These are bad times to be an eater in America, as anyone who has suffered sticker shock at the supermarket can tell you.  The cost of necessities such as bread, milk, and eggs has risen steadily in the last two

The Tragedy of Mexico
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The Tragedy of Mexico

Twenty-eight years ago, in the summer of 1980, I moved to Guadalajara, Mexico, to take a job teaching English and journalism at a university there.  The job ended just as soon as it began: On the first day of classes,

The Curious Career of Billy the Kid
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The Curious Career of Billy the Kid

For most of the 19th century, the American West was a fairly tranquil place.  The myths of Hollywood and the wishful thinking of certain revisionist historians notwithstanding, throughout the region, for every gunfighter there were a hundred stockbrokers, and for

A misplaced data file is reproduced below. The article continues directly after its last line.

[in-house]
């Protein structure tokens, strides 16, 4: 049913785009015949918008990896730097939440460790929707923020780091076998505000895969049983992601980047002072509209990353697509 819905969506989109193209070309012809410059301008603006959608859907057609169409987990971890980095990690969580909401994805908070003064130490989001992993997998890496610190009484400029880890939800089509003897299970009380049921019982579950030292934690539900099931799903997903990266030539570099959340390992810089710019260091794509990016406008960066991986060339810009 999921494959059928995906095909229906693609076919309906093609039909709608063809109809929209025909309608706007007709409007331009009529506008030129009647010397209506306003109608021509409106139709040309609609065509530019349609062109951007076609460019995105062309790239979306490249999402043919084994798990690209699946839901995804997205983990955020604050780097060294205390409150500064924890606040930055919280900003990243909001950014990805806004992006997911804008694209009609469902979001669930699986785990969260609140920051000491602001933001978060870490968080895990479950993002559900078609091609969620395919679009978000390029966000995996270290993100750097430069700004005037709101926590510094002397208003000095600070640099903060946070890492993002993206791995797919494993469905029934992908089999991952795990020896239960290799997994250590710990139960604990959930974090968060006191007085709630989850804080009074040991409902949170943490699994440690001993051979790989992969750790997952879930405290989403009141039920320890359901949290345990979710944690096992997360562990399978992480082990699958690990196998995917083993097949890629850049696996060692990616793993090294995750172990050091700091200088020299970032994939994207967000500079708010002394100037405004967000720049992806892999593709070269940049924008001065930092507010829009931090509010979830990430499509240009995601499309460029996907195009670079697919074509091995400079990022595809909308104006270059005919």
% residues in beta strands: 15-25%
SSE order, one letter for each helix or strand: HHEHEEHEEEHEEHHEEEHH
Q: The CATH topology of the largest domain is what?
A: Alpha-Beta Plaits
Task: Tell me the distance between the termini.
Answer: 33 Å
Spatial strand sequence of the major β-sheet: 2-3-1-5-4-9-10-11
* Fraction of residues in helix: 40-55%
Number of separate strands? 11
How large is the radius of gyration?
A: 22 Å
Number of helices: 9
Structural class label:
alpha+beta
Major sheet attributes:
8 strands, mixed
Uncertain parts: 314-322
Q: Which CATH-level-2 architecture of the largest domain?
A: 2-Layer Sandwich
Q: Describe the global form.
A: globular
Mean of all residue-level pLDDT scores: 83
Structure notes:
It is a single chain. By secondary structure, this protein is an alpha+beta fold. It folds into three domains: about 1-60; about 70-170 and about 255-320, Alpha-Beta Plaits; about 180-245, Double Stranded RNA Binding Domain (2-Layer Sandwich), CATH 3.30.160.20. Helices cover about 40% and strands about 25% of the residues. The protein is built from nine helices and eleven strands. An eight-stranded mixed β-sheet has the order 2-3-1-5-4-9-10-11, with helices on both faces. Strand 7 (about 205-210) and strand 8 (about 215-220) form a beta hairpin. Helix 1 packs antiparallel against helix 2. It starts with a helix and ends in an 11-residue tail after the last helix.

Immigration, the Border, and the Fate of the Land
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Immigration, the Border, and the Fate of the Land

One hundred and seventy miles southwest of Tucson, hard by the Mexico line, stands a weathered mountain range called the Cabeza Prieta.  It is a place of weird landforms and scarce but formidable vegetation, a graduate school for desert

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The Second Cultural Revolution?

Cultural bridges are sometimes made of unlikely materials. One, for instance, is the hoary Steppenwolf rocker-stomper “Born to Be Wild,” a favorite of the Western suds, studs, and leather crowd for three decades, and now, thanks to an accident of

The Unscholarly World of Scholarly Publishing
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The Unscholarly World of Scholarly Publishing

University presses are in trouble these days. Beset by a decline (intellectual and numerical) in the specialized academic readership to which they have always catered, encountering rising production and overhead costs, and supported with fewer and fewer dollars from their